Although Miss Wyman and Mr. Morgan are not the snappiest funsters imaginable, they carry off their assignments quite happily and get expert support from Miss Arden, Tom Tully, Robert Douglas and Allyn Joslyn. You can have a good time with "The Lady Takes a Sailor" if you give it half a chance and overlook certain scenic attributes which are not at all like the North Shore of Long Island.

Featured in the Strand's stage show are The Ravens, Frank Marlowe, Dinah Washington, Max and Gang; June and Martin Barrett and the Strand Orchestra led by Dave Schooler.


Jane Wyman as Jennifer Smith

Dennis Morgan as Bill Craig

Eve Arden as Susan Wayne

Robert Douglas as John Tyson

Allyn Joslyn as Ralph Whitcomb

Tom Tully as Henry Duckworth

Lina Romay as Racquel Riviera

William Frawley as Oliver Harker

Richard Ryen as Apartment house clerk

Jack Boyle as Intern

Kenneth Britton as Davis

Bridget Brown as Hat Check Girl

Sonja Bryden as Arlette

Frank Cady as Mr. Crane

Harry Cheshire as Judge Vardon

Fred Clark as Victor Santell

Russ Conway as Constable

Luther Crockett as Doctor

Ray Erlenborn as Photographer

Phyllis Godfrey as Hilda

John Halloran as Homer Benton

Len Hendry as Constable

Hallene Hill as Flower Woman

Leyland Hodgson as Tour Guide

Leslie Kimmell as Conrad Updike

Jack Lee as Capt. Cutter

Ruth Lee as Miss Brand

Wendy Lee as Telephone Operator

Jack Lemmon as Plasterer / painter at end of movie

Ruth Lewis as Miss Clark

Robert Malcolm as Chief of Police

John McGuire as Coast Guard Officer

Joe McTurk as Waiter

Charles Meredith as Dr. McKewen

Ray Montgomery as Lab Assistant

John Morgan as Constable

Kenneth Patterson as Reporter

Stanley Prager as Taxi driver

Nina Prescott as Tyson's Secretary

Emil Rameau as Dr. Mittenwald

Dick Ryan as Apartment House Clerk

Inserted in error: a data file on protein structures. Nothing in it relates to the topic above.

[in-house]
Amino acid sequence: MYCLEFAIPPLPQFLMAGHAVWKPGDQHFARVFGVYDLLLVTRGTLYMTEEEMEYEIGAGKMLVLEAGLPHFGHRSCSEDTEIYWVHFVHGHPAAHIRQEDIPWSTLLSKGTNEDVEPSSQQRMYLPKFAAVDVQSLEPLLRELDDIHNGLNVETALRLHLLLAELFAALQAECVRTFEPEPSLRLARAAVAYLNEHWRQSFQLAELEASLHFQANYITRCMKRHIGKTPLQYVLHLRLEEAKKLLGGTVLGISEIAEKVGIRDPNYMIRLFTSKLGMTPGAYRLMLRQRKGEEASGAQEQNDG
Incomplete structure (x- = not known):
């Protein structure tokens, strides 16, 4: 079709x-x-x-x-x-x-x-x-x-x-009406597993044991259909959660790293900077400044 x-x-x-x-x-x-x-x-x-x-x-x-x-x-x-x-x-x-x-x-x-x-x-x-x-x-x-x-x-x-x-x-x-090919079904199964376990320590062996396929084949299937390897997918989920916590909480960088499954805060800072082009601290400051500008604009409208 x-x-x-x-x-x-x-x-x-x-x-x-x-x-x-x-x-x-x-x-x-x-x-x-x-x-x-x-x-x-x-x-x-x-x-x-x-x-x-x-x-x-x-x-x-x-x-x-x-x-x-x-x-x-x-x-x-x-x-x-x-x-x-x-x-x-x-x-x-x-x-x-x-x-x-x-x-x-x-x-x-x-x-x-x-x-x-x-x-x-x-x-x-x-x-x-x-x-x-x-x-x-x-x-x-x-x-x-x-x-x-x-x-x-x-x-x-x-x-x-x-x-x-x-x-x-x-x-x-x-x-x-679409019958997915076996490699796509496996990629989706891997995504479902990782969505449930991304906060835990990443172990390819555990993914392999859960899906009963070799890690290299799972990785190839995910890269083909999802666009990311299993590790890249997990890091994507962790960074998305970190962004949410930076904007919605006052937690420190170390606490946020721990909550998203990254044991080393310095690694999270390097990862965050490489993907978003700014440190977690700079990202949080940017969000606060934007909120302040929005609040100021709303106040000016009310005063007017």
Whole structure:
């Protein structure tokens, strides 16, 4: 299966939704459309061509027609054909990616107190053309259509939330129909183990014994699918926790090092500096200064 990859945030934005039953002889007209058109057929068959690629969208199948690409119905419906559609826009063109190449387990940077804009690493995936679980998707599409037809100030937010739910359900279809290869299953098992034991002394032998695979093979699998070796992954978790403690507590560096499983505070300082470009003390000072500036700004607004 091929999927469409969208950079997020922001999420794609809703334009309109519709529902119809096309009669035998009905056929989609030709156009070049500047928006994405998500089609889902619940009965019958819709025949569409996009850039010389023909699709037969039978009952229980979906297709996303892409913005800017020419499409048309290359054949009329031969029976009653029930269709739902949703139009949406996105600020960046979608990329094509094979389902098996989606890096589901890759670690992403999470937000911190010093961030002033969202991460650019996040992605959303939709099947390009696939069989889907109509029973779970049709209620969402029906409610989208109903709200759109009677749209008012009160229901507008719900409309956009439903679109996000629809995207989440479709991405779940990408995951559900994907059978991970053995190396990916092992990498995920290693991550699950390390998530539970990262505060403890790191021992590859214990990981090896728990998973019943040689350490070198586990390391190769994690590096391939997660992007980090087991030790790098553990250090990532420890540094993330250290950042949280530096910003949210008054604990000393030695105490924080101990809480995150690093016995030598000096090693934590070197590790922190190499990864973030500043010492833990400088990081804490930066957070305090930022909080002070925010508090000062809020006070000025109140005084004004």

Walter Shumway as Dr. Coombs

Olan Soule as Tyson's Assistant

George Spaulding as Adm. Morell

Craig Stevens as Danvers

Tom Stevenson as Institute Guide

Henrietta Taylor as Dr. Anna Sparton

Josephine Whittell as Reporter


Directed by
Michael Curtiz

Writing credits

Everett Freeman - Screenwriter
Jerry Gruskin - story "The Octopus and Miss Smith"

Produced by
Harry Kurnitz - producer

Original Music by
Max Steiner

Cinematography by
Ted D. McCord

Film Editing by
David Weisbart

Art Direction by
Edward Carrere

Set Decoration by
George James Hopkins

Costume Design by
Milo Anderson

Makeup Department
Betty Lou Fredericks - hair stylist
Al Greenway - makeup artist
Perc Westmore - makeup artist

Production Management
Eric Stacey - production manager

Second Unit Director or Assistant Director
Sherry Shourds - assistant director

Sound Department
Everett A. Brown - sound

Special Effects by
Roy Davidson - special effects
Hans F. Koenekamp - special effects

Camera and Electrical Department
Bill Clapem - grip
Ellsworth Fredericks - camera operator
Charles O'Bannon - gaffer
Bert Six - still photographer

Music Department
Murray Cutter - orchestrator

Other crew
Irva Mae Ross - script supervisor